COSMETIC BONDING AND DENTAL VENEERS
Cosmetic Bonding and Dental Veneers
Have a chipped, broken, or stained tooth? Dental bonding can make it look like new again without causing too much damage to your budget.
Bonding is a relatively inexpensive way to make minor dental repairs.
What Is Dental Bonding?
Dental bonding is a cosmetic dentistry procedure in which a tooth-colored composite material is applied to a tooth, sculpted into shape, hardened, and polished. It’s called bonding because the material bonds to the tooth. Dental bonding is ideal for small cosmetic dentistry work, such as fixing a broken or chipped tooth or closing small gaps between teeth. Dental bonding is also used as a tooth-colored filling for small cavities because it’s more cosmetically appealing than silver fillings.
What Does Dental Bonding Involve?
Your dentist will first apply a gentle phosphoric acid to the surface of your teeth, which etches and roughens the surface to help the bonding material stay in place. This process doesn’t hurt. The putty-like bonding material is then placed on the tooth’s surface, shaped, and sculpted. A special light is used to help the material harden and set. Finally, the composite is polished and buffed for a smooth finish.
Pros and Cons of Dental Bonding
Dental bonding is less expensive than veneers.
Advantages of dental bonding include:
Dental bonding typically requires only one office visit. The entire process can be accomplished in 30 to 60 minutes per tooth.
Ease. Anesthesia is usually not necessary, unless bonding is being used to fill a decayed tooth.
When Dental Bonding is a Good Choice
If you have a minor cosmetic dentistry issue — such as a cracked or discolored tooth, a gap between your teeth, or silver fillings that show when you smile — dental bonding may help.
Dental bonding is also used in cosmetic dentistry to reshape or recontour teeth. In contrast to veneers and bleaching, however, dental bonding can’t be used to whiten your entire smile. Dental bonding can also be appropriate as “white fillings” for small cavities in teeth that are not exposed to excessive force when chewing, but the material used in dental bonding may not be durable enough for large cavities.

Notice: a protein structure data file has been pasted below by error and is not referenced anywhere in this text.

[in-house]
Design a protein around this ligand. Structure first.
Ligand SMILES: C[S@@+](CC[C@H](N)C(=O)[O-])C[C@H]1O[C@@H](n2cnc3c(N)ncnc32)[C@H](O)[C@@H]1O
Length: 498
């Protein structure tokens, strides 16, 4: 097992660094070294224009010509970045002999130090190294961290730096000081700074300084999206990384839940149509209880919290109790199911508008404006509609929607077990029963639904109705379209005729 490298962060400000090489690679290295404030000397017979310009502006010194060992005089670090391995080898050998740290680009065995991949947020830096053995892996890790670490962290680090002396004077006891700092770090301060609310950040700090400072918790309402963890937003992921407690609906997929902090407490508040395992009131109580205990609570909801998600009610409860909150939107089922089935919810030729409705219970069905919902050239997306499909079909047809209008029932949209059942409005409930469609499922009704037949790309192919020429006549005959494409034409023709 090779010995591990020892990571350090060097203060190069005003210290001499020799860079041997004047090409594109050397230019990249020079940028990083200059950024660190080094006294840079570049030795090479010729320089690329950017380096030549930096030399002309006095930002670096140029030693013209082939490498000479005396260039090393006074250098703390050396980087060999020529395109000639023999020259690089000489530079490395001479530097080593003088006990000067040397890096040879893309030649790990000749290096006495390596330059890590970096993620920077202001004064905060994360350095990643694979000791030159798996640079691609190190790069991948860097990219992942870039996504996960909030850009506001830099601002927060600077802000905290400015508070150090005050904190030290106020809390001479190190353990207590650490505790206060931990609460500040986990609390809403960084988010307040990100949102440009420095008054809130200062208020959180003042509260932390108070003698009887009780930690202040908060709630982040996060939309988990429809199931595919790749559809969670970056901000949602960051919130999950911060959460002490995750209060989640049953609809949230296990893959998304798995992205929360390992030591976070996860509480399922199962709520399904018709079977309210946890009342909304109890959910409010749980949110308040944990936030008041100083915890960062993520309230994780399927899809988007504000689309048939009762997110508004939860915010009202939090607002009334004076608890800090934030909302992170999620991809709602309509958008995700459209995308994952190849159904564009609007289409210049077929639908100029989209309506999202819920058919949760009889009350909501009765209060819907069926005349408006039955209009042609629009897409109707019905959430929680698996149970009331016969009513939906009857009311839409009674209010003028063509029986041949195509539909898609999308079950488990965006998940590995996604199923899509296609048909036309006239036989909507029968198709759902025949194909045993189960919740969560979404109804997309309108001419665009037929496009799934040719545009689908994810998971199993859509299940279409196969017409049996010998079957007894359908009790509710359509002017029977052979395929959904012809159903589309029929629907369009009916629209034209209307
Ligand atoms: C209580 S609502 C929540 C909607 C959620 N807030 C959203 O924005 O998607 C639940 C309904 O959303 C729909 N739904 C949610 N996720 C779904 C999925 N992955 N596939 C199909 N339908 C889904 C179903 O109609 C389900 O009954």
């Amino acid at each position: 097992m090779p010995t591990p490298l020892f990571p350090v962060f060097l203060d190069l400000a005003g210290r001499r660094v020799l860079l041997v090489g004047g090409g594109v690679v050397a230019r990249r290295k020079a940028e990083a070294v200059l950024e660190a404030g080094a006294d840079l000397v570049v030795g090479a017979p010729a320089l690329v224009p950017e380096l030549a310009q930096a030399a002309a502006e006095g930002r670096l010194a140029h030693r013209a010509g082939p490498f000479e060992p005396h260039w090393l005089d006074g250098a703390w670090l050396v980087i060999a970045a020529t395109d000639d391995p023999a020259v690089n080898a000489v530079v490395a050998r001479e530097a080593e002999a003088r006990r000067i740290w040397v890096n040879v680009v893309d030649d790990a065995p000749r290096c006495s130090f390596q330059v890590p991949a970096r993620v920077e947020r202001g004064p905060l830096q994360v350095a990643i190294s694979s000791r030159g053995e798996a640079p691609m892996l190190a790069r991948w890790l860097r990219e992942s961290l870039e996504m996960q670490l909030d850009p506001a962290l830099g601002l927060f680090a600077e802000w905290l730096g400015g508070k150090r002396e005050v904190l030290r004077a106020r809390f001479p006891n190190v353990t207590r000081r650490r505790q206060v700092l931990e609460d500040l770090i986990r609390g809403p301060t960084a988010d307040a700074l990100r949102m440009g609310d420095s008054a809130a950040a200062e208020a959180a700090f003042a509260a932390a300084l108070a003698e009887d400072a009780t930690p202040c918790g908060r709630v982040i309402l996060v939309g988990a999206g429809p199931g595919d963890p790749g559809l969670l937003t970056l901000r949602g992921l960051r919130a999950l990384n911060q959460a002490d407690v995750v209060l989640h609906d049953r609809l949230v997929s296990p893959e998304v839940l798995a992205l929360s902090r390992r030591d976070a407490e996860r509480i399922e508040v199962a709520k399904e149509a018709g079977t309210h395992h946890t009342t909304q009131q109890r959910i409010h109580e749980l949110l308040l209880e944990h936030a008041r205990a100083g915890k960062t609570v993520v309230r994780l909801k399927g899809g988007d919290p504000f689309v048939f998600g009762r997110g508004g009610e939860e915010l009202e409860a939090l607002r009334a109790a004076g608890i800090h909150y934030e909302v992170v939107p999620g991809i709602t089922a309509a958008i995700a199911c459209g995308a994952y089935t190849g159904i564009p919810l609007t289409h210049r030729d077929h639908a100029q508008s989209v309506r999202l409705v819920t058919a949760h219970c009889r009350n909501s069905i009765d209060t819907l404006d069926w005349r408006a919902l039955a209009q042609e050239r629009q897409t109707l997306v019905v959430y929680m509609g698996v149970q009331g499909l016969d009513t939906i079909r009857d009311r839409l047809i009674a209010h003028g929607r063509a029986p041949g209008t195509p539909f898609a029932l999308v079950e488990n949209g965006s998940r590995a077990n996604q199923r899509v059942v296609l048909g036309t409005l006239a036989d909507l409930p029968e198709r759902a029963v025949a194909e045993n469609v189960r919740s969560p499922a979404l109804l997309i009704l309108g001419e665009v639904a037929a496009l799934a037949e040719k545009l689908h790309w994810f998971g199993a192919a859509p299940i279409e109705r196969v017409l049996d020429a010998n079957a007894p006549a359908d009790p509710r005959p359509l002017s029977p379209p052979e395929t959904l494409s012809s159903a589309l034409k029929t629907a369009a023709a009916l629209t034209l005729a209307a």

Maintenance of Dental Bonding
Because dental bonding is more susceptible to staining and chipping than other forms of cosmetic dentistry, special care is required to keep your bonded teeth looking natural. Here are some tips to keep your dental bonding in tip-top shape:
Cut down on coffee, tea, and red wine.
If you’re a smoker, this is a good reason to quit — not to mention that smoking also increases your risk of gum disease and oral cancer.
Since dental bonding can chip easily, avoid biting your nails or chewing on hard objects, such as ice, pencils, and raw carrots.
Call your dentist if you notice sharp edges or if your teeth feel strange when you bite down. If necessary, dental bonding can be repaired or touched up, says Harms.
Because dental bonding does take some artistic skill for optimal cosmetic results, it’s important to choose a dentist experienced with the procedure. Don’t hesitate to ask to see before and after photos of your dentist’s previous dental bonding patients.
Dental bonding isn’t appropriate in every situation, but it can be a quick and relatively inexpensive way to improve your smile. And feeling good about the appearance of your teeth can help you maintain good dental health’
Mack A Wright, DDS
1028 East Highway 36,
Urbana Ohio 43078
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